I started writing a sermon the other day titled, “This Year Sucks” but that’s as far as I got. Can you relate? I’ve been learning to relate to others who suffer. I’m tired of the TV, the computer, the cell phone. I don’t want to nap anymore. I want my life back. I used to think, “Just give me the virus and let’s get this over with.” I was expecting a mild case because after all, I’m in great physical shape and I’m a child of God…

Do take care. Do what you can to stay healthy, but if you do get sick, know that it’s not your fault, it’s a virus. Viruses don’t play fair. Psalm 23 has been so very special to me through all this, especially in the middle of the night. This year does suck but God is good.

-Pastor Joel Everhart

November 29, 2020

Only a couple weeks left of 2020. Will anyone be sorry to see this year gone? In some ways it feels like it has lasted a decade. So many things have changed; so many things keep changing (school, activities, work from home/not from home…). Where will it all land? How many restaurants, theaters, and other entertainment venues will be lost forever? If we live through the virus will we survive the economic fallout?

“There remains a rest for the people of God”, Hebrews 4:9. Rest today. Rest your mind and your heart in the love, care and promises of God. A Sabbath isn’t a Sabbath if you don’t rest. You can go to church and do a bunch of religious stuff but if you don’t allow yourself, or maybe I should say, force yourself to find a quiet, peaceful state of mind secure in Him, you’ve missed the point. Take a deep breath, cast all your cares on Jesus, and allow His sweet peace to invade your soul.

-Pastor Joel Everhart

November 22, 2020

I had a dream early one morning. I was watching an old friend of mine compete against his younger brother in a soccer type game where each of them had a dog as a teammate. My friend, Kevin, kicked the ball toward the goal but his little brother’s little dog blocked the shot. Kevin said, “Good block, boy!” That’s when I shouted from the stands, “Now that’s a good big brother, he even cheers for your dog while he’s playing against you.” Kevin stopped what he was doing and said, “Did you hear that?” That’s when I woke up.

Brothers are famous for competing with one another. The other thing they’re famous for is the bond that forms in the middle of all that competition. They also like to be appreciated for the things they do for their siblings. Don’t we all?

No one deserves more appreciation than God. He is merciful, kind, loving and generous. He’s the kind of God that cheers us on even when we choose to contend against Him. Stop being so contentious and give Him the praise He’s due.

-Pastor Joel Everhart

November 15, 2020

Whenever you donate blood, they first prick your finger to draw out several drops of blood in order to test your iron level. I hate that little puncture. I think I mind it more than the large needle they insert in my arm to draw a pint of blood. They use a wicked little spring-loaded device that shoots a blade into one of the tenderest parts of your body. Then they squeeze and squeeze your finger until their testing tube is satisfied.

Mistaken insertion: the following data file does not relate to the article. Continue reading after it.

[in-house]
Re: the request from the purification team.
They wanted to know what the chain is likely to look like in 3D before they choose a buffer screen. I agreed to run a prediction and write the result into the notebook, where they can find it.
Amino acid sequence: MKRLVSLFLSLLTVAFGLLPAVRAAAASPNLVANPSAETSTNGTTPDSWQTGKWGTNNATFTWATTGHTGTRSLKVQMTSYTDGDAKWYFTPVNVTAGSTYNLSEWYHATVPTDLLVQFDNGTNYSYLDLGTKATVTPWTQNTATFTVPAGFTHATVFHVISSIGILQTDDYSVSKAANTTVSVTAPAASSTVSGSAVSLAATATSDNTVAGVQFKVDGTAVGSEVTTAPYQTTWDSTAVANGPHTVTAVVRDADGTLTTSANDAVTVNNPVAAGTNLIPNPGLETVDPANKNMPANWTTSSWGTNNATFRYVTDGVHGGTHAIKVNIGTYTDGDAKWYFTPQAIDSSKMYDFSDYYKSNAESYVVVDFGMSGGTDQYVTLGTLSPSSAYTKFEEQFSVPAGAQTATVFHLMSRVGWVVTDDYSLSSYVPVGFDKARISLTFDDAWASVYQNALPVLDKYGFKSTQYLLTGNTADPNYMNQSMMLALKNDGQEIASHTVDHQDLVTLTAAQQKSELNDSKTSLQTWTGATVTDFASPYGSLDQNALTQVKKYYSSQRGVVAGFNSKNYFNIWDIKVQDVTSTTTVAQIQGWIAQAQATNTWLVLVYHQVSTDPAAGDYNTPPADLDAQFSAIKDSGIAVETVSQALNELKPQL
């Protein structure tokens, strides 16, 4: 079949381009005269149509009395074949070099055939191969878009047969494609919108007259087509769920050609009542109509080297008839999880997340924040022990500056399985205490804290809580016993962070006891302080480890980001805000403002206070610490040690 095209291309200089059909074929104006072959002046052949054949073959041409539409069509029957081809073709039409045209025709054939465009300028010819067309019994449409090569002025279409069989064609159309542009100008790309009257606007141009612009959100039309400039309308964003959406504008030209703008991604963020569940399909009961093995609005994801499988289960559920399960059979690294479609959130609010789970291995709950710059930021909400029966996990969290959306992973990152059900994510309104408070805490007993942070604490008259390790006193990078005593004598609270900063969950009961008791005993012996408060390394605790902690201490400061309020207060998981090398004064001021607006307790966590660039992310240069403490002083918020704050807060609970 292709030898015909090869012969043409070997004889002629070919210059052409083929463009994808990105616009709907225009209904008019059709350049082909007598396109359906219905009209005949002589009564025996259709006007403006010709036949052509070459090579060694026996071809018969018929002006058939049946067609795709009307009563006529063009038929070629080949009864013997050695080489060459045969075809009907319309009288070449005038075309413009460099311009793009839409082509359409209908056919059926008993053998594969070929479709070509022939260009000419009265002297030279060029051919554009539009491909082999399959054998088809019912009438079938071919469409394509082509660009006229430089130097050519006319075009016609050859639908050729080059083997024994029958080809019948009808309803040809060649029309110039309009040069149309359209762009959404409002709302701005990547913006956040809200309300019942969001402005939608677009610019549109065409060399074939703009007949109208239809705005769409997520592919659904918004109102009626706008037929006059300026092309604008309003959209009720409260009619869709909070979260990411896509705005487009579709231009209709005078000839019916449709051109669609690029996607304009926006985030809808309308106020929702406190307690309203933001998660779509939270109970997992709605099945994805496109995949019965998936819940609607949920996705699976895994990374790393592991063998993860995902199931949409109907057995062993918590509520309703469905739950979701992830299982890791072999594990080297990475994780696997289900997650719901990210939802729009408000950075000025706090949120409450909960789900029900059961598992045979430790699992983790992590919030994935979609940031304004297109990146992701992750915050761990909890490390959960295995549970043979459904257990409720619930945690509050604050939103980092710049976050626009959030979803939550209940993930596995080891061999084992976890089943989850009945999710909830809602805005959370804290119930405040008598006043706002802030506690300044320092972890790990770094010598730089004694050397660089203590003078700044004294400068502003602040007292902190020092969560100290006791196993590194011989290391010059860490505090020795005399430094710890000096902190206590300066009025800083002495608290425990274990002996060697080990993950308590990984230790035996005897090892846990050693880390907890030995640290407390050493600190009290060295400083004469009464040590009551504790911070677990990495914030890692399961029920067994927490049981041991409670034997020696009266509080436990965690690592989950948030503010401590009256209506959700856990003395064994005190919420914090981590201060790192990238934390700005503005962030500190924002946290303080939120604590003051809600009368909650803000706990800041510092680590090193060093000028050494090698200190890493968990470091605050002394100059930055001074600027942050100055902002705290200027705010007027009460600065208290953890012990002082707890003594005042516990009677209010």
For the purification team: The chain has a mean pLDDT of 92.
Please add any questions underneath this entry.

The purpose of this pre-donation wound is to insure you will remain healthy while your blood moves on to help someone else. Without that stick, the whole donation process stops. So, you might say you’re getting stuck in order to help save a life.

We are willing to endure pain as long as its for a good enough cause. When donating blood, the cause is rather obvious. In life, pain rarely makes sense. However, we believe that God has a greater purpose in mind whenever we suffer. Even when we can’t possibly imagine good coming out of our misery, we trust the One who is sovereign.

-Pastor Joel Everhart

November 8, 2020

Today we’re continuing our study about thorns. That’s the term Paul used to describe something that hurt and hindered him. Unlike a thorn that might prick us causing a sharp yet brief pain, the type of thorn he refers to gets lodged into place. You can’t remove it; best you can do is learn to live with it.

Its human nature to work at removing thorns from our life. We do our best to minimize their affect on us. No one likes to admit that a thorn has moved in for good. You may wrestle with diabetes, arthritis, bi-polar depression, the disability of a loved one under your care, or any other number of issues. Like Paul, you’ve prayed for its removal but it remains. I hope that what we learn over these next several weeks will help us cope better with these intrusions to our health, peace and comfort.

-Pastor Joel Everhart

November 1, 2020

Things happen. I sat down at my desk, clicked on my desk lamp, there was a flash and the smell of something burnt then the lamp was dark once again: blown bulb. It went out in a fury! For its last gasp it shown brilliantly. On cold days I used to rest my hands on its housing to warm them. It gave light as I studied the Scriptures day in & day out. It had been a faithful bulb, steady on the job season after season for many months. So much so that it utterly amazed me when it was no longer able to show up for work. What did I do with such a loyal worker, one that had helped me for so long? I threw it in the trash then went to Sam’s office to find a replacement.

Bulbs do what bulbs do until they can’t do it anymore then they’re thrown away. People are not like bulbs. We’re brighter some days than others. We can’t work at the same level of competency for days on end. We need inspiration, motivation, dedication, rest… Working too long or resting too much, not eating enough or eating too much, neglecting our health or becoming self-centered can all lead to burnout or uselessness. You are not a light bulb, you are a human being in need of balance & self-control, ever adjusting your excesses and deficiencies. May our study from God’s word today help us in those ever- fluctuating battles.

-Pastor Joel Everhart